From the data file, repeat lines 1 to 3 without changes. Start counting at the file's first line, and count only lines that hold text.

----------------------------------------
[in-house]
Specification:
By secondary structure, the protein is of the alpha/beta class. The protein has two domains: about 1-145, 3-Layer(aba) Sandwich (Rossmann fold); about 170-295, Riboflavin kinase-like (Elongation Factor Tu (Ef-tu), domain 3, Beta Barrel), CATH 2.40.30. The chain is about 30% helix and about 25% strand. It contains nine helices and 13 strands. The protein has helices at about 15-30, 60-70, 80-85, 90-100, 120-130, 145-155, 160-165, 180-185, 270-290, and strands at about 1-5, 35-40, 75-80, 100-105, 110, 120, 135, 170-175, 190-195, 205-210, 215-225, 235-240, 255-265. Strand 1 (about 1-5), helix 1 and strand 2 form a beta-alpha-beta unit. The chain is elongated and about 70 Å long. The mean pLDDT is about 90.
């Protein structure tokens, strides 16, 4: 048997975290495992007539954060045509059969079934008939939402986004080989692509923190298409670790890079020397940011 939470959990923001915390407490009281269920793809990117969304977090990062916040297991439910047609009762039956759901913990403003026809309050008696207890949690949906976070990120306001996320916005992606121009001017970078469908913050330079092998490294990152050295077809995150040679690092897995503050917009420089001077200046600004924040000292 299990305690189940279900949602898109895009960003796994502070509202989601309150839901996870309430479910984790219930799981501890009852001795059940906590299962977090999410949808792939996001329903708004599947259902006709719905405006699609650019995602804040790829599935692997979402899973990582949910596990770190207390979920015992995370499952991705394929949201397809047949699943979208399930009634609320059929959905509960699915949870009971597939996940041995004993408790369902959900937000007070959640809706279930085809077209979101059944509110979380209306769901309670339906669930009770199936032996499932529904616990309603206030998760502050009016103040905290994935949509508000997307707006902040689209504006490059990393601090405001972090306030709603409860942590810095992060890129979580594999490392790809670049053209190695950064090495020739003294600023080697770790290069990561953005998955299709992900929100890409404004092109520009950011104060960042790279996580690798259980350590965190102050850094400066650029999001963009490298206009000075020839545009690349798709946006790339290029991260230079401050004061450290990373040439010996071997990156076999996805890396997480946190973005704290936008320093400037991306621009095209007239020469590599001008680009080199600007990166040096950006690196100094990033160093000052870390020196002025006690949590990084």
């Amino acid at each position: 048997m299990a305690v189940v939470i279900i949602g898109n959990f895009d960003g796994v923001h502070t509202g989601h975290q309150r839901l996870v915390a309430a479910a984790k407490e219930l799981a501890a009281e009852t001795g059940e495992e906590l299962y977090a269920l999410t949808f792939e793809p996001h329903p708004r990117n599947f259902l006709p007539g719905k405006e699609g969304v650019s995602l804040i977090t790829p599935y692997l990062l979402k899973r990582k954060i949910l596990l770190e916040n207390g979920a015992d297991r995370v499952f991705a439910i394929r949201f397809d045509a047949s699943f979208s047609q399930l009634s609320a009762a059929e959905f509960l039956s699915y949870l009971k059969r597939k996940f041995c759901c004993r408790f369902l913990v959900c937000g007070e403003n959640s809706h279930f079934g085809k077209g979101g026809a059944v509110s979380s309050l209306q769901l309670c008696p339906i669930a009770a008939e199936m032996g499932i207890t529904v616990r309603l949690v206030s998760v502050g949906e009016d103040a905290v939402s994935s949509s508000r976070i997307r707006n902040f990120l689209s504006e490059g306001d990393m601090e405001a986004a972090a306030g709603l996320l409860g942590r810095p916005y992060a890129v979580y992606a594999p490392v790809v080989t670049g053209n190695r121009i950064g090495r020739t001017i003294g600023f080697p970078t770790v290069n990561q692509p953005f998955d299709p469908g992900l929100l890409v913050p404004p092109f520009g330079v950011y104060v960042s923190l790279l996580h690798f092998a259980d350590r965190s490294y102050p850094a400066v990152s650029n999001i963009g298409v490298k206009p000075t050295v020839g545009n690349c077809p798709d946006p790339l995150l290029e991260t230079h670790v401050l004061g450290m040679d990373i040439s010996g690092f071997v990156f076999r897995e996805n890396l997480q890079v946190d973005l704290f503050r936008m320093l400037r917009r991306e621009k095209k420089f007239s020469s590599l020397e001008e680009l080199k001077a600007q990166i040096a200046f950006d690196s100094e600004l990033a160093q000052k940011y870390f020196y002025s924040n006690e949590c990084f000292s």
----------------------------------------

[in-house]
Specification:
By secondary structure, the protein is of the alpha/beta class. The protein has two domains: about 1-145, 3-Layer(aba) Sandwich (Rossmann fold); about 170-295, Riboflavin kinase-like (Elongation Factor Tu (Ef-tu), domain 3, Beta Barrel), CATH 2.40.30. The chain is about 30% helix and about 25% strand. It contains nine helices and 13 strands. The protein has helices at about 15-30, 60-70, 80-85, 90-100, 120-130, 145-155, 160-165, 180-185, 270-290, and strands at about 1-5, 35-40, 75-80, 100-105, 110, 120, 135, 170-175, 190-195, 205-210, 215-225, 235-240, 255-265. Strand 1 (about 1-5), helix 1 and strand 2 form a beta-alpha-beta unit. The chain is elongated and about 70 Å long. The mean pLDDT is about 90.